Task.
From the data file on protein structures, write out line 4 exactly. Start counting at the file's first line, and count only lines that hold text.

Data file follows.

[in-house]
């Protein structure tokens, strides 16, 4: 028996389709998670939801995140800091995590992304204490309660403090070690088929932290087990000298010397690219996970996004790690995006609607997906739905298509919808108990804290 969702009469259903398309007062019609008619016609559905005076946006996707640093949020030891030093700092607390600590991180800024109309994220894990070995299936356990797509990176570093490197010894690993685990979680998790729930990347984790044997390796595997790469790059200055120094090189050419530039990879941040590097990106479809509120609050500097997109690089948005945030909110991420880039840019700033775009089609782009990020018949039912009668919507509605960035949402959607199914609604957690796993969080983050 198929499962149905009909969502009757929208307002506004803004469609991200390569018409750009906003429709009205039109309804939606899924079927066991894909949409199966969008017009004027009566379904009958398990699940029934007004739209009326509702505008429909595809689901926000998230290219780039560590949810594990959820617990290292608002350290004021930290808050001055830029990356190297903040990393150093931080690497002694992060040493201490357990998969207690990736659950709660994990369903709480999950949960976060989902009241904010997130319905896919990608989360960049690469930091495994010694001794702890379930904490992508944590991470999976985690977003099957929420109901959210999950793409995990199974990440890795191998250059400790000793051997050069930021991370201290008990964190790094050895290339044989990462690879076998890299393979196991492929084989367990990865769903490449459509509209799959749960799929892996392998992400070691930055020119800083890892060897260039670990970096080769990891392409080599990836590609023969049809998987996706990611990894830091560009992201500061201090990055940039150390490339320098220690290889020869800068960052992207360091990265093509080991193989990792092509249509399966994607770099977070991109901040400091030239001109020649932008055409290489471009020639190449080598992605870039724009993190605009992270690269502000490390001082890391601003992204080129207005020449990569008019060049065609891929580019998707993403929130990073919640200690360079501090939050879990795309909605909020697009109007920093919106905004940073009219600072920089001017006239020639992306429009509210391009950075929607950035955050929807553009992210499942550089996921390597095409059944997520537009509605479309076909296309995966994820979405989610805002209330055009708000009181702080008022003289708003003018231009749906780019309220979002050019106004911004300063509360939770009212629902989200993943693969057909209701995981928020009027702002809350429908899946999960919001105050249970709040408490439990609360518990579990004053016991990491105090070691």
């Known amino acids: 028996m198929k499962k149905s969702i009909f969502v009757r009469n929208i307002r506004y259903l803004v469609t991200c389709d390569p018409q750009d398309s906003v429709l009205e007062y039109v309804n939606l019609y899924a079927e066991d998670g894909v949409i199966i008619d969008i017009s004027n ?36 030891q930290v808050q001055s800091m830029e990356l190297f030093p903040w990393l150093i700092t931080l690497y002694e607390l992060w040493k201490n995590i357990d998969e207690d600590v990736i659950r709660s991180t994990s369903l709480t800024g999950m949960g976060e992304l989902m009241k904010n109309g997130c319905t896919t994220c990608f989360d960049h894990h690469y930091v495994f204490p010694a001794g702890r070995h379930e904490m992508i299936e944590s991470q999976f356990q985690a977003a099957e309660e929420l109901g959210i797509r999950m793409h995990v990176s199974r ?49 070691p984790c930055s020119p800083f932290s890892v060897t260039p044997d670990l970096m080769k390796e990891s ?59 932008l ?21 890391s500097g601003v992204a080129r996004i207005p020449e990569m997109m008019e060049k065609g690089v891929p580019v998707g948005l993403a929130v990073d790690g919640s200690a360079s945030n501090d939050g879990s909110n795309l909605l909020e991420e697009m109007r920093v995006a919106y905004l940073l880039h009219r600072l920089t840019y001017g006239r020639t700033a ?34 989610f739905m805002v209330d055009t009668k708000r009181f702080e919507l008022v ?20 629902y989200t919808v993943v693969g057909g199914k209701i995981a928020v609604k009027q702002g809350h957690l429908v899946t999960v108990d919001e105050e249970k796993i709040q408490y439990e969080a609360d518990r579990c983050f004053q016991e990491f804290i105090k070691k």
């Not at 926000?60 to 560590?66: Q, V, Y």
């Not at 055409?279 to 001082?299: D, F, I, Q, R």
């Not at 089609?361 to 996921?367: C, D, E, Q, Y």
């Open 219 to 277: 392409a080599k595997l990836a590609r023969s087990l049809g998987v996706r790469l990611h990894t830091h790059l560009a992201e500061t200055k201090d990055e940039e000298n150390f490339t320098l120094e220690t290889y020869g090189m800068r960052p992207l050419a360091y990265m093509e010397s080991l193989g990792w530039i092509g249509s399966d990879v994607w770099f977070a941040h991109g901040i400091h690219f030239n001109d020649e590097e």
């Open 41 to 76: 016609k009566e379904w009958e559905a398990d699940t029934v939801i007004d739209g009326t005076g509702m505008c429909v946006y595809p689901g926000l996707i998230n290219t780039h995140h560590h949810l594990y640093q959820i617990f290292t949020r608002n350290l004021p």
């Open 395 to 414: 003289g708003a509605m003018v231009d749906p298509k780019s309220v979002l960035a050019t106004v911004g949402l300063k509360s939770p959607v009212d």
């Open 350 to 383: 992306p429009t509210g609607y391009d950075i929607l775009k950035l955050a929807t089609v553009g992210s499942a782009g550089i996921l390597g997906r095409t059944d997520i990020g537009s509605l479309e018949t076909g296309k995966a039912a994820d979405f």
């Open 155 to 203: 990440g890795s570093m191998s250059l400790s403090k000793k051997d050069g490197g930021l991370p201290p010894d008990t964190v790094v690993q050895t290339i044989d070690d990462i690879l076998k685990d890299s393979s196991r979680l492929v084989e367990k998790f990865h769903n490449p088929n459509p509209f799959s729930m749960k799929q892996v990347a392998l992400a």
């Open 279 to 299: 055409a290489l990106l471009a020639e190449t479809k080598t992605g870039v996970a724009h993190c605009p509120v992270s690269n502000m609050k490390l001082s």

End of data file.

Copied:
């Not at 926000?60 to 560590?66: Q, V, Y």